And much more so than at the DAC, the members of Oakway Fitness don't fit a body-type mold. People of all shapes and sizes work out there, and in the women's area right after work on a Wednesday, there are no fewer than seven women using the weight machines — many more, in fact, than are using the machines on the men's side. The women on the weight machines seem focused, not self-conscious in the least, and they're all breathing pretty hard. Only one of them is with a personal trainer; the others are making their way through the different machines independently.
Oakway Fitness Center may not feel as high-pressure as other gyms, but it feels like an Olympic training facility compared to the Curves located in downtown Eugene. Barbara Garner and Barbara Myers are work buddies who have been members of the all-woman workout center for nine months. They don't look or dress like the stereotypical gym attendee – they're here on their lunch break and are still wearing all their jewelry from work. Both are wearing shorts but no T-shirts or spandex. Instead, they don conservative knit shirts. Neither is wearing shoes.
Curves is an in-and-out gym in the most literal sense of the word. The "locker room" is nothing more than a cubicle shielded by a curtain, and there are no showers. Fast and convenient are the hallmarks of the business. "I like the idea of working your entire body in 30 minutes," says Myers, jogging frantically in place.
Curves is set up as a circuit, with hydraulic resistance machines and small, padded cardio platforms designed to work all parts of the body while keeping the heart rate up. The machines don't allow users to increase the resistance; instead, intensity is controlled by the speed, or "how hard," exercisers use the machine. Garner doesn't work quite as hard as Myers at each point in the circuit, and she hasn't had the same level of success. Myers is actually this Curves' "biggest loser." Through a weight loss program and working out five days a week, she's lost 68 pounds "and 40 inches" since starting, she boasts. "Forty and a half inches," corrects Garner. "You can't forget that half inch!"
On the quad machine, Myers says excitedly that she can actually see muscle definition in her legs. Curves has experienced huge popularity and has provided a workout atmosphere that seems to appeal to women who have been discouraged by more traditional gyms.
"No makeup, no mirrors, no men!" According to manager Deborah Writesman, that's their unofficial motto. The resistance machines are arranged in an inward-facing circle, and the atmosphere is extremely social. "Everybody talks," says Writesman. "The first thing we do when someone is new in the circuit is introduce them to everyone else."
She says that when everyone is chatting and having a good time, they don't notice how long they're working out. Writesman seems to know the name of every woman who steps in the door, and this adds to the overall sense of community and comfort. And, when an employee knows a customer's name, the customer knows the employee knows when she doesn't show up. That, in itself, is a level of accountability.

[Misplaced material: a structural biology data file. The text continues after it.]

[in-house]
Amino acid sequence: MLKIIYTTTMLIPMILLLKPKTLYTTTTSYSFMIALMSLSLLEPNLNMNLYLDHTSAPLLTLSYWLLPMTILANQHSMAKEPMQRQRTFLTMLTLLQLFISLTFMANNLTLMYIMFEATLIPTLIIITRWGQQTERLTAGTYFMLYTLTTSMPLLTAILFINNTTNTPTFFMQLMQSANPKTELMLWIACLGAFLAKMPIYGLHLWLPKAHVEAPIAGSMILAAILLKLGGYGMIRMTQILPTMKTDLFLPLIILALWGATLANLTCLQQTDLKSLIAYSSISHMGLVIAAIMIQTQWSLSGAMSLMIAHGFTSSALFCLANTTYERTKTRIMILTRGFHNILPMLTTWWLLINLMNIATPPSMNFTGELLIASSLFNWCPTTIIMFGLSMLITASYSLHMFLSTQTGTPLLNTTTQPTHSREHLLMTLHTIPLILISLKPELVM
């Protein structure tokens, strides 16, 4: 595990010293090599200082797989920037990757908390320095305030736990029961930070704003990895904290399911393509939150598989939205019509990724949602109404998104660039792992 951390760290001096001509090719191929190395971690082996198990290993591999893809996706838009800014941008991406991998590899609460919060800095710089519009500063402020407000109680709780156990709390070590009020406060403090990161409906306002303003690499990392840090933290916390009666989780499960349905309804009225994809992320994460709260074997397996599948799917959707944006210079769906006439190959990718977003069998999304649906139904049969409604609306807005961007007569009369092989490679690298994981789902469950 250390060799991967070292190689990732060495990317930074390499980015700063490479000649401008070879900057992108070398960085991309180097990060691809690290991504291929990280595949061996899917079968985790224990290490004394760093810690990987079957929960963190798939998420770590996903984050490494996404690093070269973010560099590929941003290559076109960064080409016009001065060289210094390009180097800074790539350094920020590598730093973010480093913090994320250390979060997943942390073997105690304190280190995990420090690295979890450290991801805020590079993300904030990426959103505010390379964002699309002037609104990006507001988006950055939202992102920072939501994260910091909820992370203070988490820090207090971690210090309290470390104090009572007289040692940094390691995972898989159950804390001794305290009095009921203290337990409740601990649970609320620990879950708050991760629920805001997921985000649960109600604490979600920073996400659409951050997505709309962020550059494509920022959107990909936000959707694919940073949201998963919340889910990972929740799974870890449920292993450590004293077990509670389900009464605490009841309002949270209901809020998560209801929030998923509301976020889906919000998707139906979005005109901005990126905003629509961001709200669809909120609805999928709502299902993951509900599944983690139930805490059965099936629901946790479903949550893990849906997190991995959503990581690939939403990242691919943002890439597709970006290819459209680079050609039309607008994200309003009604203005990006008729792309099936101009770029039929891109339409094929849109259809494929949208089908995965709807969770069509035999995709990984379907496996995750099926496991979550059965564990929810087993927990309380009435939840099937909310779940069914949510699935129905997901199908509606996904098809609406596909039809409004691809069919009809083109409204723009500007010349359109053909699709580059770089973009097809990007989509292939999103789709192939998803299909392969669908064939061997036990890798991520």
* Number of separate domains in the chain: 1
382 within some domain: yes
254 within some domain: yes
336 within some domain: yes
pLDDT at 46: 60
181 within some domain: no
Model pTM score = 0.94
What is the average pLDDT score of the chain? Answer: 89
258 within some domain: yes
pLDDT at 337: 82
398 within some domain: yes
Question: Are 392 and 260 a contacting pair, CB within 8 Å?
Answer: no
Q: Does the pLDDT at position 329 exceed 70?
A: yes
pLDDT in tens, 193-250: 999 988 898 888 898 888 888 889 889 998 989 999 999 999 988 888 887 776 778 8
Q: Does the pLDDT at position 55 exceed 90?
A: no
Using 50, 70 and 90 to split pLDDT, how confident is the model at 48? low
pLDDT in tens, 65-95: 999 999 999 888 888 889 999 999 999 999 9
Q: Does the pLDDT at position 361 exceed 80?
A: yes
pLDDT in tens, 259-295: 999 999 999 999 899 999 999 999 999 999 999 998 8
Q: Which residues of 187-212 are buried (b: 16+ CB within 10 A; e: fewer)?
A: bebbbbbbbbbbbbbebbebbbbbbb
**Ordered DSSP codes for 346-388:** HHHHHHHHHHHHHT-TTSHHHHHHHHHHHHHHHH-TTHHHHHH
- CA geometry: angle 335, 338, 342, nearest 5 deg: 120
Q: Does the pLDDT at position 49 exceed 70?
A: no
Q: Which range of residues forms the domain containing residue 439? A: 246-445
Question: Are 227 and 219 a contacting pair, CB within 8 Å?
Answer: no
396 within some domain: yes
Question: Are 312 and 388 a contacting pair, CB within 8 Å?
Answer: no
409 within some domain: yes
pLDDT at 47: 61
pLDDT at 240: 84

Editor's Note: Curves is owned by Gary Heavin, who, it has been extensively reported and documented, gives financial support to organizations and clinics that are either anti-choice or refuse to teach teens any methods of birth control other than abstinence. Curves is a franchise model business — and many (if not most) are owned by members of the communities they serve. This holds true for the Curves in downtown Eugene. That said, franchise owners reportedly have wide latitude in their own beliefs and community support options.
LOCAL GYMS AND THEIR WOMAN-FRIENDLY ATTRIBUTES:
Downtown Athletic ClubGroup weightlifting classesChild care provided (at additional cost)Resistance and Balance class geared to mature adultsPlush facilities
Oakway Fitness Mid cost rangeChild care provided (at additional cost)Non-coed workout facilitiesGroup weightlifting classes
Carpe DiemOne-on-one attentionSpa-like environmentNever a crowdSmall classes
Curves (See editor's note)Relatively inexpensiveAll-womenRelaxed, fun atmospherePrescribed, time-conscious program
The Eugene Family YRelatively inexpensiveChild care provided (at additional cost)Family-friendly atmosphere; kids welcomeReduced rates for low-income teens and families
Voting With Your Feet
Why the simplest exercise is more important than ever
Story and photos by Chuck Adams
Hiking in nature is a drag. By the time I check the weather website, pack my daypack, try to convince friends they want to come along, prepare a lunch, fill up my gas tank and drive the 50-100 miles to the trailhead, I'm a writhing ball of stress. Sure, the hike might loosen me up a little, help me reconnect to this so-called "nature," but usually all the benefits are lost when I turn the ignition and have to drive the 50-100 miles home, only to spend a half-day refilling my gas tank, restocking my fridge, washing my gear, putting it back in storage and flopping on my couch in front of a movie to "unwind" from my day of forested hiking. Screw that!